Collecting Long Term Care Benefits: A Tale of What You Can Expect

Recently I worked with my brother-in-law to file for benefits on his long-term care policy. His policy was with MetLife (one of the largest insurance companies in the United States.) You would think filing a claim on a long-term care policy would be easy. How wrong that assumption is. Hopefully, our experience can help you navigate filing for benefits and avoiding potential road bumps with your long-term care policy claim  

In 2003, he had purchased a plan with $300,00 in coverage for long-term care in a policy from MetLife. Until now, he had not utilized it despite being eligible for an extended period. All these years, he had somehow managed and muddled along with the help of neighbors and friends. Until it became too much, and he realized he needed in-home help. It was time to file a claim to collect benefits from the Long Term Care policy he has paid for all this time. He contacted MetLife; and of course, he was immediately denied receiving monthly long-term care benefits. He has an illness called Chronic Peripheral Neuropathy. Peripheral Neuropathy is a condition affecting the nerves in his limbs first and worsening from there. His disease had become so severe that even walking was exceedingly difficult for him. His balance was impaired, and he had several falls in a short period  

Since my brother-in-law held the policy directly, he had contracted MetLife himself to file a claim rather than receiving the help of an advisor who could assist him. He had to do all the work of reporting his condition and obtaining and completing the necessary paperwork from his doctors. He was lost as to what to do next.  

Know the type of policy you own  

When we started to realize how bad the situation was, I decided to get involved. After all, I am an insurance specialist in this space; I thought it might be easy to assist. I initially studied his policy to see if it was reimbursement or indemnity. Let me explain the difference:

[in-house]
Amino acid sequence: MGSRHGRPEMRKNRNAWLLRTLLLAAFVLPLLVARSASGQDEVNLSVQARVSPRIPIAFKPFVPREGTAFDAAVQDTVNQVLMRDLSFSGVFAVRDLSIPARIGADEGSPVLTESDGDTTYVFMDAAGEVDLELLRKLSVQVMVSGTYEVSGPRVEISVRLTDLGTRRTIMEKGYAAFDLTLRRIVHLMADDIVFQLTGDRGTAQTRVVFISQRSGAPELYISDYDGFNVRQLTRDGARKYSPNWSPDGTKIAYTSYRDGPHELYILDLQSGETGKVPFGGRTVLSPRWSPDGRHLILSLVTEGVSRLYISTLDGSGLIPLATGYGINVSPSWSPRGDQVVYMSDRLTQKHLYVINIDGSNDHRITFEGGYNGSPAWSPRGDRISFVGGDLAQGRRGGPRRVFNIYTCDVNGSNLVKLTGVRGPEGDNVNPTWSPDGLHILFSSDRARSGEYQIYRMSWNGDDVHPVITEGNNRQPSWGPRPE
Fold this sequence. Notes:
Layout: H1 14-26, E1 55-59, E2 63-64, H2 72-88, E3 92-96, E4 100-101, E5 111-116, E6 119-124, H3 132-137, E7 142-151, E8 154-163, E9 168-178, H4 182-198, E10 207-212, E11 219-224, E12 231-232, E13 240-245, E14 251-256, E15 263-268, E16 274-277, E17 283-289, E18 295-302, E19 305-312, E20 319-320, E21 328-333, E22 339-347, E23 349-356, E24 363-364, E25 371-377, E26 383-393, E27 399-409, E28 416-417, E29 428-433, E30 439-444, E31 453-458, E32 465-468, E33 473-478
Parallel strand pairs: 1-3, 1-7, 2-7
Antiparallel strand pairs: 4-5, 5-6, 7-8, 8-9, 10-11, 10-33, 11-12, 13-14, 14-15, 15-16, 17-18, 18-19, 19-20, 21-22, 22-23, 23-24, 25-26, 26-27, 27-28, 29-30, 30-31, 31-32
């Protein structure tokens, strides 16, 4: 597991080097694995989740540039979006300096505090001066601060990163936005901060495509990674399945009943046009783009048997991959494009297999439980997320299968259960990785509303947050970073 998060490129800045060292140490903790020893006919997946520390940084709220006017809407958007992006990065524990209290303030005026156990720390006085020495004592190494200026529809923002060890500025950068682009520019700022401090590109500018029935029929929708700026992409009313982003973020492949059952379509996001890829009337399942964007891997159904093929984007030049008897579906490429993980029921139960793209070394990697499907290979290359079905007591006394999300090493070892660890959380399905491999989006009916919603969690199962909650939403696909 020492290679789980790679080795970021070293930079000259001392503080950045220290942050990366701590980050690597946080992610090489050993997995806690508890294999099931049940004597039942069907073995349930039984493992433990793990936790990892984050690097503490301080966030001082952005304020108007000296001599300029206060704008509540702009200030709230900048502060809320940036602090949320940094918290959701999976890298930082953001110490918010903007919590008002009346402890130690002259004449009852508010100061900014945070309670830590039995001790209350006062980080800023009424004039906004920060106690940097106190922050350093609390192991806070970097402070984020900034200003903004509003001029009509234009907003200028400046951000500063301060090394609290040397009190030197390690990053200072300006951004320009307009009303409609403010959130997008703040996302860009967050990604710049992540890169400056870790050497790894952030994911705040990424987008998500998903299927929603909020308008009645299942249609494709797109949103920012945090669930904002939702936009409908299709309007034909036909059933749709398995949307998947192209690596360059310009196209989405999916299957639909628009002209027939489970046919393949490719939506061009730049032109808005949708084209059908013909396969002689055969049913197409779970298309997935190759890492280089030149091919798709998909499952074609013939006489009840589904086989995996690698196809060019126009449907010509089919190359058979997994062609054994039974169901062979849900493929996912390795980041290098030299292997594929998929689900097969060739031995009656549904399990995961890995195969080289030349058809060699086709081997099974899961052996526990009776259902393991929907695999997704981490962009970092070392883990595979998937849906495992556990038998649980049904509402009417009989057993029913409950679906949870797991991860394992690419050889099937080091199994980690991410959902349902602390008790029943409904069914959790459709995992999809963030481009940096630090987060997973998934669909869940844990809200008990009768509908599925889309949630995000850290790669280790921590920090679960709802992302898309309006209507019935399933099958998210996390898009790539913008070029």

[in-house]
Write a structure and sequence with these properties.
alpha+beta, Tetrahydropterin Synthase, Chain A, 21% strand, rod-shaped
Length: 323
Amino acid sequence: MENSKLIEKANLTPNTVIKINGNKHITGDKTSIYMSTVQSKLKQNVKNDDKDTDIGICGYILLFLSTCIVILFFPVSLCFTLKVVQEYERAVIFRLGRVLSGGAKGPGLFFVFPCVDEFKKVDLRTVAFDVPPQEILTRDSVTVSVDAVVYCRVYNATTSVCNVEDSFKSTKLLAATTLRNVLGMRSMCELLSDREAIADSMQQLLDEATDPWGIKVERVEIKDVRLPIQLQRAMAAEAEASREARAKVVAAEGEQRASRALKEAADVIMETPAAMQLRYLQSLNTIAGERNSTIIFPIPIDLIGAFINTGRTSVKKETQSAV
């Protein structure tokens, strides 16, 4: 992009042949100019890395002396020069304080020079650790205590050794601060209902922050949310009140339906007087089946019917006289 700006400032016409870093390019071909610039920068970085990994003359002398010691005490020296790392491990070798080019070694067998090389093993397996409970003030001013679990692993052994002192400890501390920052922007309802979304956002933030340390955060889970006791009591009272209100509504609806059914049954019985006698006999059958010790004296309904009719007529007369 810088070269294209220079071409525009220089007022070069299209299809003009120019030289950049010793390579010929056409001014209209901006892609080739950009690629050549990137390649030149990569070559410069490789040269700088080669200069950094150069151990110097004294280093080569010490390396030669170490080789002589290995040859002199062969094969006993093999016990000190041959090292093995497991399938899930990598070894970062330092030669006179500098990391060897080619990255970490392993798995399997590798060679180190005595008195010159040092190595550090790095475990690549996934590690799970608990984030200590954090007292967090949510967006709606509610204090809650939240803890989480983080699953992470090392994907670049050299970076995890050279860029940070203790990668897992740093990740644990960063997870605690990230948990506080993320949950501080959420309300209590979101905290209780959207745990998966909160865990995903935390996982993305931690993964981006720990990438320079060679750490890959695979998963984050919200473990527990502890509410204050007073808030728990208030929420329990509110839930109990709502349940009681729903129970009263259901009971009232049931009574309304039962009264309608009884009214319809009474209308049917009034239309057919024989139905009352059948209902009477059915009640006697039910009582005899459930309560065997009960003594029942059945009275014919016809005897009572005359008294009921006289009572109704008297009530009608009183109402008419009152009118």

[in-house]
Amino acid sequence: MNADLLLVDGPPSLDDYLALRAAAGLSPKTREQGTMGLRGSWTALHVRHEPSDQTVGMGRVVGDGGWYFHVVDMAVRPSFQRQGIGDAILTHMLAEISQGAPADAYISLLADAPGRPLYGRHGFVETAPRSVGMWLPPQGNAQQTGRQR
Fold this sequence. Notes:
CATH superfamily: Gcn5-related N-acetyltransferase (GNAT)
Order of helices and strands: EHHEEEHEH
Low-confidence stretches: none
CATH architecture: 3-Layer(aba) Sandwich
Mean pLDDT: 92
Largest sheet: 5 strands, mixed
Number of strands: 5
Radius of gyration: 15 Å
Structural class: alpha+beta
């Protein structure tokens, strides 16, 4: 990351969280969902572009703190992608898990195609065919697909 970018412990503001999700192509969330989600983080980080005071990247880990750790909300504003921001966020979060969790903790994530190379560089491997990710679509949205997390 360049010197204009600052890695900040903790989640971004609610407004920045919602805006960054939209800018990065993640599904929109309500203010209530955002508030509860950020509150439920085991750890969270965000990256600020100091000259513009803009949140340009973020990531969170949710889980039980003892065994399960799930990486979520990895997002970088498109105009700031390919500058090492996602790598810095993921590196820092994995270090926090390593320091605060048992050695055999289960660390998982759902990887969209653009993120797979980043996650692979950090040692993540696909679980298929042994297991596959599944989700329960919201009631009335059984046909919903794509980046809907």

Reimbursement: One must furnish bills from a licensed long-term care facility and wait for reimbursement. Think of this as an expense statement at work. You spend the money first, submit the receipts, and hope to get paid back for legitimate expenses. Reimbursement is complicated, requires work every month, and not a guaranteed amount will be returned. That is a lot of extra work for someone who is chronically ill or their family. The policy could also have limits to the type of service allowed for reimbursement. Not to mention you must pay the bill first, so you must have the money to pay upfront 

Indemnity: Once your claim is approved, benefits would start after the elimination period, elimination period explanation to be covered later in this blog. There is a pre-set dollar amount, so you know exactly how much you are getting at any time. An indemnity plan pays the maximum daily (or monthly) benefit. The benefit allows putting money in the bank for future needs. You are not limited to what you can spend this money on either. If you need a wheelchair ramp this month and a new roll-in shower next month, you can use the benefit as necessary. If you are buying a policy today, my advice is to pick the indemnity policy.  

Luckily, he had an indemnity plan according to the paperwork I had reviewed with his policy. Now, to help him obtain his eligible benefits proving eligibility 

How are you determined eligible for payment of benefits by the insurance carrier? There are three requirements:    

  • Verification of chronic illness  
  • Licensed Health Care Practitioner has certified in writing that you have been chronically ill and will continue to be so for at least 12 months  
  • Plan of care for Qualified Long Term Care Services is in place  

Chronic Peripheral Neuropathy is an illness that causes weakness, numbness, and pain. My brother-in-law has a diagnosed disease that has the word chronic literally in the name. You would think that would be sufficient to file a claim. It is not.  

The MetLife employee had a primary duty to deny all claims. To make matters more complicated, we received a letter from MetLife asking for receipts from the caregiver (as if he had a reimbursement policy). As we already uncovered, he has an indemnity plan. I, luckily, had spent some time reviewing the policy and knew the fine print. We copied and provided pages from his policy confirming that he did not need to submit bills to receive the basic daily amount. That settled that request. Now, what else could they need?